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Design, Biology and Technology to reduce the Environmental Impact

By Evangelina Sosa

In recent years, textile innovation has presented incredible results related to the production of garments and accessories created from microorganisms.

Scientists and designers are working together to develop the first biomaterials based on natural processes such as the fermentation of yeast, fungi, and other microorganisms. The use of these new textiles is varied, ranging from clothing, decorative objects, footwear, and wrappings. There are different success stories, and one of them is Argentine.

In Argentina, the first prototypes of Bioleather garments were launched in 2020. These garments are produced in the country through a natural process of microorganisms that are cultivated in yerba mate along with other nutrients. The result is a lighter garment very similar to leather. The materials that are created from these techniques are biodegradable, this means that they are compostable and therefore are part of a circular process.

Main Challenges

While designers and scientists are working together to create new garments, there are technical and commercial challenges to overcome. Among them are the resistance of materials to water and scaling up artisan production to a mass-market format. These points are key to developing the business model, but we must also consider that as innovation and developments advance, communication and outreach play a very important role. There are new opportunities for entrepreneurship within the sustainable market, but it is also necessary that it be accompanied by conscious financing to develop the business.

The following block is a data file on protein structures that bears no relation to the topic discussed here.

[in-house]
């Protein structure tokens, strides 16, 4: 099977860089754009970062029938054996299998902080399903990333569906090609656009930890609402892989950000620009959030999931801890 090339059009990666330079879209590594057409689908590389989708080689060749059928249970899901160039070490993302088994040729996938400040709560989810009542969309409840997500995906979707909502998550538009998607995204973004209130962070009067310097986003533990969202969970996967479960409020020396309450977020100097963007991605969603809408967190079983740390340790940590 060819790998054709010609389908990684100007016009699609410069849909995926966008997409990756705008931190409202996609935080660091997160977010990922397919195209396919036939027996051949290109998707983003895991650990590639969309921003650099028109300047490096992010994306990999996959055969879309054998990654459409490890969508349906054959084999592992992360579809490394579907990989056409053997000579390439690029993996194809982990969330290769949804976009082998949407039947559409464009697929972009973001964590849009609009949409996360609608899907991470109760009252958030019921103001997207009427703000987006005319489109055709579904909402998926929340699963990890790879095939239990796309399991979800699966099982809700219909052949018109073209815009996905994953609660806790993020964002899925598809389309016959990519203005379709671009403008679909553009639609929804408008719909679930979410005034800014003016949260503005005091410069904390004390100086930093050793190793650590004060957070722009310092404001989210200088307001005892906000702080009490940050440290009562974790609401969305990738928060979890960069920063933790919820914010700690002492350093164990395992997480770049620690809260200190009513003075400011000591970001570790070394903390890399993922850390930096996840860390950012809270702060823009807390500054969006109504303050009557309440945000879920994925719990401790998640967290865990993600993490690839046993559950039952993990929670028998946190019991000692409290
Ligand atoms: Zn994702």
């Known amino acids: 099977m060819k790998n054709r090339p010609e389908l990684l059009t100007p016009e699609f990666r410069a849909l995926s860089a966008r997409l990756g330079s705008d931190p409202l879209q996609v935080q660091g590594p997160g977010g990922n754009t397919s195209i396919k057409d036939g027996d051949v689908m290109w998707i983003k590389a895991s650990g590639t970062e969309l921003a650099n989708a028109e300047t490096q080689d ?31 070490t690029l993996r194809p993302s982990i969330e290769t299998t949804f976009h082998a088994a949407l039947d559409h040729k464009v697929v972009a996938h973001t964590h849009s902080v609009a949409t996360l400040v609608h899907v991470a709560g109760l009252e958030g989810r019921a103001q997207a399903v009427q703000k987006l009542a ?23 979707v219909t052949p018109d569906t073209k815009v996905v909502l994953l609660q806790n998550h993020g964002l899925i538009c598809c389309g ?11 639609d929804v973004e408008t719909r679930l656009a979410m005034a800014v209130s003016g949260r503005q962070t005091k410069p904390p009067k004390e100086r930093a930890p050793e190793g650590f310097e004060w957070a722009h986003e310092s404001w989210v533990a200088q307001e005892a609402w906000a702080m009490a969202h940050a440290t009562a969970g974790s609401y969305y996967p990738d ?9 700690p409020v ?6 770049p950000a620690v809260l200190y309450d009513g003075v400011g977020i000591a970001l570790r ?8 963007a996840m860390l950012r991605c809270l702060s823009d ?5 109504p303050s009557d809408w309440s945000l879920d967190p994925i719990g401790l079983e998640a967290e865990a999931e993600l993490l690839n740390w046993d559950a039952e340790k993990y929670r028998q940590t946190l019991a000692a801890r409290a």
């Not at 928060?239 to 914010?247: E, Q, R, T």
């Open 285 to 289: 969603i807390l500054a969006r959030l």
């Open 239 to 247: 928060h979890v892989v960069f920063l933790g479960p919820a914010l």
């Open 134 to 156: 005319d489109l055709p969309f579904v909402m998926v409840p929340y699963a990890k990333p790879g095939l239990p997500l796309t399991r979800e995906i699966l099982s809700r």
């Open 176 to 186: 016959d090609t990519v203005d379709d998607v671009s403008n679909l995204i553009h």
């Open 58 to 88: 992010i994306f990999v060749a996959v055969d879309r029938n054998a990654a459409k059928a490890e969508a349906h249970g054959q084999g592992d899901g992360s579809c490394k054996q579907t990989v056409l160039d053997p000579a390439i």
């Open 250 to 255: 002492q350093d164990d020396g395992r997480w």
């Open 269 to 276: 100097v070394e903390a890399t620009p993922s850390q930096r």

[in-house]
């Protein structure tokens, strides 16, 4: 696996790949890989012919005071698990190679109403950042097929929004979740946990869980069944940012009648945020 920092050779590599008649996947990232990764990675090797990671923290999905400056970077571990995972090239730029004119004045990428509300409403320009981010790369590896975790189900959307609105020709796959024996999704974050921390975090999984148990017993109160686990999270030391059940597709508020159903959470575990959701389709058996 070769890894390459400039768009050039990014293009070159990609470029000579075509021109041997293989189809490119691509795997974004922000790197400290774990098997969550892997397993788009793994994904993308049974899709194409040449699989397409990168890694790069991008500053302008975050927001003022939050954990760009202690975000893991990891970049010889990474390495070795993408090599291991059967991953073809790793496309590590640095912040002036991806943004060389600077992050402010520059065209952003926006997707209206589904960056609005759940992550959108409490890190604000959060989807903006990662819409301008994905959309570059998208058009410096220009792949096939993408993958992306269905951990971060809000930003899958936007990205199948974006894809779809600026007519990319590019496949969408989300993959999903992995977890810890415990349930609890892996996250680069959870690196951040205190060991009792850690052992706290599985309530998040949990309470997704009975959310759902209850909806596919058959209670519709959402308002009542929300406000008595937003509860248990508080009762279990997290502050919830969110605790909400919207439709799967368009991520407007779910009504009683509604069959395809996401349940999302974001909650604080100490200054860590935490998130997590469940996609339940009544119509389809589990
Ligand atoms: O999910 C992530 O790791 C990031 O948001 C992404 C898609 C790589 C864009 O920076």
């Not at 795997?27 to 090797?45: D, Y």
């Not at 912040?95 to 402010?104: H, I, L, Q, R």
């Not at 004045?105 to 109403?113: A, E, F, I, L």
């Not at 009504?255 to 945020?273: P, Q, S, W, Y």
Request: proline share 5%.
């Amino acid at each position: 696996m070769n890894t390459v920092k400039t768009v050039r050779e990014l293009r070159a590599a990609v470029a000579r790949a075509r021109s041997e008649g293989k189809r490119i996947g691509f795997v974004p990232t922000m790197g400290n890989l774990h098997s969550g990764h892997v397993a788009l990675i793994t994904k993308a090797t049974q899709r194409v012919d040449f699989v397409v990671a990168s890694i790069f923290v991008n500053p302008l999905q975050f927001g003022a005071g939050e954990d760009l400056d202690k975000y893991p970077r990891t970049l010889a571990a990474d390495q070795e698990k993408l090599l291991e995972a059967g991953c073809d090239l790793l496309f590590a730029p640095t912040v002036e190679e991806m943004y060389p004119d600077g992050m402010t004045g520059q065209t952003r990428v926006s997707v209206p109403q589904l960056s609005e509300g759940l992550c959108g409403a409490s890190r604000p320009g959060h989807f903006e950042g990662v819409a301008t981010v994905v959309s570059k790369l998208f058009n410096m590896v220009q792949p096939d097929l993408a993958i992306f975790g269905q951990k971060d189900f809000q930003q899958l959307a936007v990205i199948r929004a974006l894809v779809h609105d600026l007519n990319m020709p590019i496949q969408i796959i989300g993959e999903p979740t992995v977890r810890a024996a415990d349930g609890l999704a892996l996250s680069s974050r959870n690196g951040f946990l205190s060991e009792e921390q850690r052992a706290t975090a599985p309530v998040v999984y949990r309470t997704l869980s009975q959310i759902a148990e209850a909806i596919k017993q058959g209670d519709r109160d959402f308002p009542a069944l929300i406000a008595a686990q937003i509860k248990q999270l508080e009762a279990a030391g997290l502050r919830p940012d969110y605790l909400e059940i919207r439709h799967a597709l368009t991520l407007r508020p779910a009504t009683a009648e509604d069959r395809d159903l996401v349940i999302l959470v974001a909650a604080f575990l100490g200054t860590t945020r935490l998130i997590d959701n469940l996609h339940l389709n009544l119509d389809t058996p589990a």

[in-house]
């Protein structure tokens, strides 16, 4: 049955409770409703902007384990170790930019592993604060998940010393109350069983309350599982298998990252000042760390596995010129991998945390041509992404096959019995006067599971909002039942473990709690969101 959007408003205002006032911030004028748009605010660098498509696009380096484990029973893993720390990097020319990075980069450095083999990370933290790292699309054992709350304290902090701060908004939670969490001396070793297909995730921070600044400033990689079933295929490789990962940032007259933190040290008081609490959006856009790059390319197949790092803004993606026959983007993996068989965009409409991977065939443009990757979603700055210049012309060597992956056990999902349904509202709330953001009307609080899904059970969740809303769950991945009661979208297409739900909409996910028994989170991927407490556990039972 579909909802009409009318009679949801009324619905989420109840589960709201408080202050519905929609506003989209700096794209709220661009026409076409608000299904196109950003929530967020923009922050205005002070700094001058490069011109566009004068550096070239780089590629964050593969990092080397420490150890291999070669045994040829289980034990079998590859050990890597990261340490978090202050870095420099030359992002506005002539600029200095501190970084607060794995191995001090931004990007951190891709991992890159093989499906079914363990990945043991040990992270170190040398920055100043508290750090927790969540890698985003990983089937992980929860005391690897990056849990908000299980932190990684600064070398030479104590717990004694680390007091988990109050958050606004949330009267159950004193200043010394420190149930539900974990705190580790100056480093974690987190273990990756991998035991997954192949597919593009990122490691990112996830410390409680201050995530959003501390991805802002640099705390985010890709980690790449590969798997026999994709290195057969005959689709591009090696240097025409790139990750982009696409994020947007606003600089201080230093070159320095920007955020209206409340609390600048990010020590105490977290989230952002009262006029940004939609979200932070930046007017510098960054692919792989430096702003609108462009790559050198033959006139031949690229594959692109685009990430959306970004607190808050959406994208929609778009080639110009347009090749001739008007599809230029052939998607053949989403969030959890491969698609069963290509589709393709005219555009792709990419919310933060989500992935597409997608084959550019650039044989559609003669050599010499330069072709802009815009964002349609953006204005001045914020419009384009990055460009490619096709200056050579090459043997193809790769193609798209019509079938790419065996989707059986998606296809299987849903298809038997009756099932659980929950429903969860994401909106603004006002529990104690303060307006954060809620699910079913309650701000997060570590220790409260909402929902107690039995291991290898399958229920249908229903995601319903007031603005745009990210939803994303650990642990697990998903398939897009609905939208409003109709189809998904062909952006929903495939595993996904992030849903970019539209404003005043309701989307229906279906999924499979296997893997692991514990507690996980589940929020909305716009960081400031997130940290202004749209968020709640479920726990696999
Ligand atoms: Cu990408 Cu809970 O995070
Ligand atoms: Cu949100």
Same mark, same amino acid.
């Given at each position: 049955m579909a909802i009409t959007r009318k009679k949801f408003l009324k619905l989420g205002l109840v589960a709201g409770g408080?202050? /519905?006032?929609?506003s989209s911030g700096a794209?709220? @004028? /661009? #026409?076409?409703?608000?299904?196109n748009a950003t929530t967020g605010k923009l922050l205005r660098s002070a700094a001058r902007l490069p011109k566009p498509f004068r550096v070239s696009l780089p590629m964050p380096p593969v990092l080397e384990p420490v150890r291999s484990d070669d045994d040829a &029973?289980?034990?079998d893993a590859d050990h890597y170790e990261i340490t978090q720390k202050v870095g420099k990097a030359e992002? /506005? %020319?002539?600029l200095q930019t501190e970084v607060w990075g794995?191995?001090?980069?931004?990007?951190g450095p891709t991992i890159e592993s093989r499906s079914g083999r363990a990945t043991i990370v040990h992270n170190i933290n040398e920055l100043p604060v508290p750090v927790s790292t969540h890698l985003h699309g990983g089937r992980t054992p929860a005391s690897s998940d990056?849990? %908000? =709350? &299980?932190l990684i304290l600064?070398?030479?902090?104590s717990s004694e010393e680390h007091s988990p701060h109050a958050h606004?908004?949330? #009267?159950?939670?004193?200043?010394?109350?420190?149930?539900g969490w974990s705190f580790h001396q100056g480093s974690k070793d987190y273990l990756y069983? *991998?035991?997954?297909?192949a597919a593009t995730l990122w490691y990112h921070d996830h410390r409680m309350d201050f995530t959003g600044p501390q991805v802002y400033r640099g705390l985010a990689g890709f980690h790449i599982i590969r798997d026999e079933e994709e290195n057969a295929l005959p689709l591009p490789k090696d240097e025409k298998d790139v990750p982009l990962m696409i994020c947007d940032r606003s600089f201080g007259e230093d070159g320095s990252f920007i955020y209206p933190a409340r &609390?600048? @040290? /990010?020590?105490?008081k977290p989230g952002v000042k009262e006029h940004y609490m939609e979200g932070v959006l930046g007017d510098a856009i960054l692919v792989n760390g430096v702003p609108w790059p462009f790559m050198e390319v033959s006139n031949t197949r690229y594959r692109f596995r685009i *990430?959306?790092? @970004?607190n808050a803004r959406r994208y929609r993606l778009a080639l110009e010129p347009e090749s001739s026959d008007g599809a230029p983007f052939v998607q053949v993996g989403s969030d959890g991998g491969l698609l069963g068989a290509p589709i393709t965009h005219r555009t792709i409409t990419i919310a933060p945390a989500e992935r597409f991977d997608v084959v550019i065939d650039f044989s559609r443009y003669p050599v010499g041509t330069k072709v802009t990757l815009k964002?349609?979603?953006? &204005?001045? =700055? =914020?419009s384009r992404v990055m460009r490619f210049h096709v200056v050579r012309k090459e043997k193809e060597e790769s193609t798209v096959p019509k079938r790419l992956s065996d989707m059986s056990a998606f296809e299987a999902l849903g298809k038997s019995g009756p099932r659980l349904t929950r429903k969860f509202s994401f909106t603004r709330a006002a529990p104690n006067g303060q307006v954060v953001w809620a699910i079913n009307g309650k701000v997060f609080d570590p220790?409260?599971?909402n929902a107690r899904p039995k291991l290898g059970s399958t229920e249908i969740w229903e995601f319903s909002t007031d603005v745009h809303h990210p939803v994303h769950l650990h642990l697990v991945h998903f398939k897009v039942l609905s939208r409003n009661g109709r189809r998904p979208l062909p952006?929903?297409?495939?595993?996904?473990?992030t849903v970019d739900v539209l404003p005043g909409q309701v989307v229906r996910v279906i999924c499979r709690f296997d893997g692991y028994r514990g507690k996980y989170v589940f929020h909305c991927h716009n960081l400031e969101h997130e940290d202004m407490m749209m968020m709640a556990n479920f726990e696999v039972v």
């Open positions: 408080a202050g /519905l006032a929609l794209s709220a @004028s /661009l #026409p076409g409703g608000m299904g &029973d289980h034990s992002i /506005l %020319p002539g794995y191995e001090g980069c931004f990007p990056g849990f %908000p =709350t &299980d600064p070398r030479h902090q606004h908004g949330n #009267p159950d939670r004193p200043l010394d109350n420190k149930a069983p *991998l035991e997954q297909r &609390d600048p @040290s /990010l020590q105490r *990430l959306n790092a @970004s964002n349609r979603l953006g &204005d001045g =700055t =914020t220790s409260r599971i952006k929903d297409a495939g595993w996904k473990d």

Synergy between Disciplines

The development of textile innovation advances hand in hand with biology, technology, and designers with a sustainable conscience. These multidisciplinary teams seek to create products that reduce environmental impact.

American designer Suzanne Lee is known for being the pioneer in experimenting with these textures and assures that the objective of these developments is to combine the best of natural products with the best of existing synthetic products. In Argentina, Verónica Bergotin, Ph.D. in Biology, responsible for the first accessories in Bioleather, is currently experimenting with industrial waste rich in sugar and other brewery industry waste, to identify which of them is more suitable for scaling up production.

Undoubtedly, the creation of these materials generates a new paradigm within the textile industry and is part of the transition from the linear to the circular economy.


Biomateriales: joven argentina creó una tela parecida al “cuero” con microorganismos y yerba mate” Available at: [Retrieved March 24th, 2022]

Biotextiles: el cultivo de organismos vivos para fabricar telas” Available at: [Retrieved March 24th, 2022]

Image “Karu Diseño Conciente” of Verónica Bergottini. Available at: [Retrieved March 24th, 2022]

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